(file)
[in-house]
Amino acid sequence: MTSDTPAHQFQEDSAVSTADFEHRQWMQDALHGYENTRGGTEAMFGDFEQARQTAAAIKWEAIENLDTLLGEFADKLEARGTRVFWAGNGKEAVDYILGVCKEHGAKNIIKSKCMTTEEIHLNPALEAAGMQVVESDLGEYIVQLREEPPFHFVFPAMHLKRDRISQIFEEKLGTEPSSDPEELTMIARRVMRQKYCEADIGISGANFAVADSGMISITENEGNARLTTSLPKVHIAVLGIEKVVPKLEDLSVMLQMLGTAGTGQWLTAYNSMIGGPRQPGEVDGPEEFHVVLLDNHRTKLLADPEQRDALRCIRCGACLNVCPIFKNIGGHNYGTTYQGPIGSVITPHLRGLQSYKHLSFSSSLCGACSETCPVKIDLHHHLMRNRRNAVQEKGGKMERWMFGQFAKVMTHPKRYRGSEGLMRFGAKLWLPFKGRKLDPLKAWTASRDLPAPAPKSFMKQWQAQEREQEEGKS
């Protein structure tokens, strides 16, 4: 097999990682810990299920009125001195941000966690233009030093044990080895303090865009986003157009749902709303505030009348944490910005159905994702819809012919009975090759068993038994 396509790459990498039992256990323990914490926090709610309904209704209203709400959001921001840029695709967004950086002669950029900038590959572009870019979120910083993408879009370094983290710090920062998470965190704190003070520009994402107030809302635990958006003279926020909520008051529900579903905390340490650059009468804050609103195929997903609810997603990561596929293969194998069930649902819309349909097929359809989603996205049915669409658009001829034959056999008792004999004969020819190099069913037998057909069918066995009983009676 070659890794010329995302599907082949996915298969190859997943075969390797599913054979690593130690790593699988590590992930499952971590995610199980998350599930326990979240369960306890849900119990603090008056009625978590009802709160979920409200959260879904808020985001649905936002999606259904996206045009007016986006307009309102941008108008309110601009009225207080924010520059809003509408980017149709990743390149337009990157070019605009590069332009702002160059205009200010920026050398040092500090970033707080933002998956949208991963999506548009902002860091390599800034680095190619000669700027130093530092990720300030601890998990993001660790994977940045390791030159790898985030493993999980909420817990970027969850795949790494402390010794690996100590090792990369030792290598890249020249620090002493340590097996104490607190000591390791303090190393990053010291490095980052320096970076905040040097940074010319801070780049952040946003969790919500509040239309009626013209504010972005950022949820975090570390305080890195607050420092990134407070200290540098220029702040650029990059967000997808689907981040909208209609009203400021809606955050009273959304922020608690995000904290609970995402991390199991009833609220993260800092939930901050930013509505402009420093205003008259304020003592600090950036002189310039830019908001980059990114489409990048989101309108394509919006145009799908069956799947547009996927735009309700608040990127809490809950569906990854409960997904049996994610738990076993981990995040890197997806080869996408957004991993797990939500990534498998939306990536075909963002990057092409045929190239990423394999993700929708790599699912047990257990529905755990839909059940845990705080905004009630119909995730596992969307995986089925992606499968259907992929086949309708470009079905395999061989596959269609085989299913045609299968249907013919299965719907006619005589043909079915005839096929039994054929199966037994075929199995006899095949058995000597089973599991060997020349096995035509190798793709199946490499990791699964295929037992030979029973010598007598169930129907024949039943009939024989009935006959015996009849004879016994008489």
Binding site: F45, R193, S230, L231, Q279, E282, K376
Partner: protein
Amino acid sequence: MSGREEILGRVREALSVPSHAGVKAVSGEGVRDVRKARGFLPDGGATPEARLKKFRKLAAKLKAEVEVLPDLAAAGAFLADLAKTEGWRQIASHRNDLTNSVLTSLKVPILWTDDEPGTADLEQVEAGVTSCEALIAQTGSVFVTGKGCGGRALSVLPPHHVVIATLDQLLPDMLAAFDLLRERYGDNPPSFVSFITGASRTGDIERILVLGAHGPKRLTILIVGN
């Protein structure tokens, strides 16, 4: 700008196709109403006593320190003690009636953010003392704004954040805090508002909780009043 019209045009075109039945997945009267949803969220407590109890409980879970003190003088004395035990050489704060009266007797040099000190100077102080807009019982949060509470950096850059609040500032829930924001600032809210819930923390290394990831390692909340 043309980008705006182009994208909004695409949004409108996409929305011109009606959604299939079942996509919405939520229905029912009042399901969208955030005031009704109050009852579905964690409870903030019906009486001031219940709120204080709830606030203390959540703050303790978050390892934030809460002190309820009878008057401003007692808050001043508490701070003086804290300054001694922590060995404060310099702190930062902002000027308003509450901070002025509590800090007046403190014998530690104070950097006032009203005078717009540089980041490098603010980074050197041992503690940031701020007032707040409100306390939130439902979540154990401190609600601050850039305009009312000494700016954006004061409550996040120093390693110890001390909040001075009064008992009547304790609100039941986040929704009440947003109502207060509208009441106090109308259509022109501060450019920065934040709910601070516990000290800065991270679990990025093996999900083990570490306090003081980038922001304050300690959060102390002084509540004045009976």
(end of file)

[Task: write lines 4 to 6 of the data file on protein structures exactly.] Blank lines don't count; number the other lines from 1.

Binding site: F45, R193, S230, L231, Q279, E282, K376
Partner: protein
Amino acid sequence: MSGREEILGRVREALSVPSHAGVKAVSGEGVRDVRKARGFLPDGGATPEARLKKFRKLAAKLKAEVEVLPDLAAAGAFLADLAKTEGWRQIASHRNDLTNSVLTSLKVPILWTDDEPGTADLEQVEAGVTSCEALIAQTGSVFVTGKGCGGRALSVLPPHHVVIATLDQLLPDMLAAFDLLRERYGDNPPSFVSFITGASRTGDIERILVLGAHGPKRLTILIVGN